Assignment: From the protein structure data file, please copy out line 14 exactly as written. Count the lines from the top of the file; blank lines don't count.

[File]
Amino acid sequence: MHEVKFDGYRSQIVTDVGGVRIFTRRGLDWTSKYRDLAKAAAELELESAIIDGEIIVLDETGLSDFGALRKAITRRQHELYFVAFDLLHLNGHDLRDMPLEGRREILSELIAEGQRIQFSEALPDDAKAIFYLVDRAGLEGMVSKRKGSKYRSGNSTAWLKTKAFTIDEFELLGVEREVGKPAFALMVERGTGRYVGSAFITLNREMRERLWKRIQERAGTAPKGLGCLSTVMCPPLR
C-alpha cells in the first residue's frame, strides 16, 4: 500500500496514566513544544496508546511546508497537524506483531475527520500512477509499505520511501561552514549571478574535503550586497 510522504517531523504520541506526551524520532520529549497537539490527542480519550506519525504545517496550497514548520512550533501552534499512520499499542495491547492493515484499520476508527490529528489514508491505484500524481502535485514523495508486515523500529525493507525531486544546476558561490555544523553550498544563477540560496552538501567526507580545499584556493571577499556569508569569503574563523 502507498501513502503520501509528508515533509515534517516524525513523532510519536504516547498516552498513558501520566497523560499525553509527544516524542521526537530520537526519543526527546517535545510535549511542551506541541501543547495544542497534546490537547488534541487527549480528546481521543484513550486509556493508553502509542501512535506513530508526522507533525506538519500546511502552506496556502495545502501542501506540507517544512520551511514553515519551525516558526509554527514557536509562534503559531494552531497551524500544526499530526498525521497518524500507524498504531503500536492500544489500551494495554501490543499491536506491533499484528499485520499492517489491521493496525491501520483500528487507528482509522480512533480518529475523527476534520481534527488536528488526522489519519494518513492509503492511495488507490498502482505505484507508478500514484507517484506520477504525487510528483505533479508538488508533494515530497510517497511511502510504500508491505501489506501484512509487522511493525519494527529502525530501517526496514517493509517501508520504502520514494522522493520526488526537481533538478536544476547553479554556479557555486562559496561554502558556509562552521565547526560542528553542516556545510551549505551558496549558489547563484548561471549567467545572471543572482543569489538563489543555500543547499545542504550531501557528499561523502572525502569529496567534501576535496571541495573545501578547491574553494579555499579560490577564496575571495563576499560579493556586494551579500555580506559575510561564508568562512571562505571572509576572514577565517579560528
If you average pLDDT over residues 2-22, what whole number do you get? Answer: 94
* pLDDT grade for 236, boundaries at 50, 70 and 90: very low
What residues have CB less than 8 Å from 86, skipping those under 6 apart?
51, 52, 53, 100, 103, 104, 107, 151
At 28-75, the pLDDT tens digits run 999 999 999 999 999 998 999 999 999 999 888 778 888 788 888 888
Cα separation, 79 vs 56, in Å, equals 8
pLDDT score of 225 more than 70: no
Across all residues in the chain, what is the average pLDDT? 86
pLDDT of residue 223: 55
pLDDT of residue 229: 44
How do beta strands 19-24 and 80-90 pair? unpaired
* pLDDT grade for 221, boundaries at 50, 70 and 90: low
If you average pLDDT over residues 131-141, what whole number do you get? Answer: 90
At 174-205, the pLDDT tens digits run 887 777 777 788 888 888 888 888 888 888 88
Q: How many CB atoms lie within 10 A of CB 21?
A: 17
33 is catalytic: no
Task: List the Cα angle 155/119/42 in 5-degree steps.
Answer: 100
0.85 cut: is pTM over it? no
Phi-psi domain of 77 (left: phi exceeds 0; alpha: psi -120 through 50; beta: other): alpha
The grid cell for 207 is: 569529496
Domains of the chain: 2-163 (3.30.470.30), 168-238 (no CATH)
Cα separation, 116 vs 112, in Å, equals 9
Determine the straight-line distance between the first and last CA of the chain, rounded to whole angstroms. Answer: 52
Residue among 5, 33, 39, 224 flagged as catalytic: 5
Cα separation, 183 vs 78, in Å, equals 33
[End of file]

* pLDDT grade for 221, boundaries at 50, 70 and 90: low